NaNoWriMo: Read, Read, Read and then Write, Write, Write

Category: Writing

"Like most—maybe all— writers, I learned to write by writing and, by example, by reading books. "

- Francine Prose

 

So read, read, read and write, write, write. That’s my writing advice. Job done. Tick.

In the past I have found it frustrating when I have plucked up the courage to ask well known and loved writers their advice for writing and been told I just need to WRITE. It makes you look a bit silly and foolish for asking. But it’s the best advice, along with being told you should be reading. A lot.

This is because writing is a craft. It is learned. To be good at it, you have to put in the practice. Writers are not born writers just as pilots are not born pilots (though give me a bad book over a bad pilot any day). You have to put in the hours. And these hours consist of reading and writing. Reading is part of your writing, or as Stephen King so eloquently puts it:

 

“If you don't have time to read, you don't have the time (or the tools) to write. Simple as that.”

 

I've often fooled myself into thinking that reading is a luxury, for when I’ve done my writing. But if you are a writer, reading is essential and counts as part of your writing day. So spend time reading books you wished you had written, spend time reading books in the genre in which you are writing and spend time reading books because you love them (if you don’t love books, you shouldn’t be writing anyway).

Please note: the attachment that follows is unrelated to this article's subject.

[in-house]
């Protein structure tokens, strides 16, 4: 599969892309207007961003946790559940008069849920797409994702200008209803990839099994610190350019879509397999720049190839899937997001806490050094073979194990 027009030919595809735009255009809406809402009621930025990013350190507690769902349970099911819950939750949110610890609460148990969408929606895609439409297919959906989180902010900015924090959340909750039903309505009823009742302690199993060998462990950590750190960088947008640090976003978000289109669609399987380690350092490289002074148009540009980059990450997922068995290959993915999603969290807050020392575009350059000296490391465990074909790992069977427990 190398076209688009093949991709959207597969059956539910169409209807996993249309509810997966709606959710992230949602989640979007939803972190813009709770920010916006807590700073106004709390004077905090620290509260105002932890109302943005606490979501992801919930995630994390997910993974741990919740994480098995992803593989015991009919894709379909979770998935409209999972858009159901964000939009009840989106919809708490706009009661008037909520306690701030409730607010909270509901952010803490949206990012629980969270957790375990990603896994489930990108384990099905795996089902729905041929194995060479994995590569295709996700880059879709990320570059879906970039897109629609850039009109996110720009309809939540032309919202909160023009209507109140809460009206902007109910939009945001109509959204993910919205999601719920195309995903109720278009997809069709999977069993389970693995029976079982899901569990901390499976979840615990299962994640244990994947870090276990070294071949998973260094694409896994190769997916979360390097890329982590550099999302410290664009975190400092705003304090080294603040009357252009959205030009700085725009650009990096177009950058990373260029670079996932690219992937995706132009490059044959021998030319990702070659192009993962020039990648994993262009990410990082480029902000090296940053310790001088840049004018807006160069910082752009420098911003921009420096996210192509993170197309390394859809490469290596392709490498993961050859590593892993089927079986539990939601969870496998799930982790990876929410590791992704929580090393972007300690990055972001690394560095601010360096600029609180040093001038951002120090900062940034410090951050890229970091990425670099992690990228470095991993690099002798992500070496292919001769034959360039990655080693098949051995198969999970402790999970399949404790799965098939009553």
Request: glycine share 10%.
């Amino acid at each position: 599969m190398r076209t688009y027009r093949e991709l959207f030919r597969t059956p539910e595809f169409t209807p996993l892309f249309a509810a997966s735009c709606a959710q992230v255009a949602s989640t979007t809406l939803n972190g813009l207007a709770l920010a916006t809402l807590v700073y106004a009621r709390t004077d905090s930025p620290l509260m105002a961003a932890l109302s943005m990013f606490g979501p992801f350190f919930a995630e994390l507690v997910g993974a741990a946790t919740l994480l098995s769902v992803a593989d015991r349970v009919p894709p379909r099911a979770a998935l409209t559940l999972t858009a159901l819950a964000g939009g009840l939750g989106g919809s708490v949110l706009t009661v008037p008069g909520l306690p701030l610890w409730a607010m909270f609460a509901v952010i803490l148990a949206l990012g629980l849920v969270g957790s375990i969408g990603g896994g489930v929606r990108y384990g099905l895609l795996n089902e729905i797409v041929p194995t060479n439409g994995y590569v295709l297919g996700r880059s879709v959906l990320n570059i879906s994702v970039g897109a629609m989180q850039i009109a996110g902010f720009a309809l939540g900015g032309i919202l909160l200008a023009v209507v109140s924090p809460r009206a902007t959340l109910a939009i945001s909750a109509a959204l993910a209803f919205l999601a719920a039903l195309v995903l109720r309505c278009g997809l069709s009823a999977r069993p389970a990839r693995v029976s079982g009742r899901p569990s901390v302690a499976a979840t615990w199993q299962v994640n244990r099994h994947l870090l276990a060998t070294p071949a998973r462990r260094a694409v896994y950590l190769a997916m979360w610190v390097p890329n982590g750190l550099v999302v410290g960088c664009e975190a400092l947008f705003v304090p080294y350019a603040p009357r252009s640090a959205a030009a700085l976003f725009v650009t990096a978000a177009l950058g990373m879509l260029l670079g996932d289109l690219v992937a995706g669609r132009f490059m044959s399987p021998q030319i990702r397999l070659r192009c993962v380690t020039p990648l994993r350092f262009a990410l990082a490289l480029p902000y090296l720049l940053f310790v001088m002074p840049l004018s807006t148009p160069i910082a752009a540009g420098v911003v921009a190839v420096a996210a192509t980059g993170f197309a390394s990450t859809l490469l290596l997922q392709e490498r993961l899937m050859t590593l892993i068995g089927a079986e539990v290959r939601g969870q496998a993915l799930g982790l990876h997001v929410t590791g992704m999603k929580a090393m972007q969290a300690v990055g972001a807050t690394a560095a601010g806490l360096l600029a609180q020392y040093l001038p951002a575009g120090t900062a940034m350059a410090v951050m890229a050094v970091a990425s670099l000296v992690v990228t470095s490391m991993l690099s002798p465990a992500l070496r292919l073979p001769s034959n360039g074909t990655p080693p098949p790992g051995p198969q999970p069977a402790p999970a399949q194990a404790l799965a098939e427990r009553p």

And then write. Write about anything that comes into your head and put it on the page. Don’t be afraid. Don’t worry about what it looks like (you can sort that out later). As Margaret Atwood says, "if you strive for perfection, you’ll never write a word". Writers are creative people, and creative people do not think in straight lines. (But the publishing industry are sneaky and pretend writers do). Although a writer’s notebook may have a shiny cover, I bet the contents are a little all over the place. Doodles, scribbles, crossings out. So write horizontally, write upside down, write on your walls (ask permission from your homeowner first), just get it written. And once you’ve done that, read some more (sleep is for wusses).

 

Tomorrow: Writing is not for the faint of heart.  

Megan Primrose

Megan Primrose is SBT's Writer Development Intern.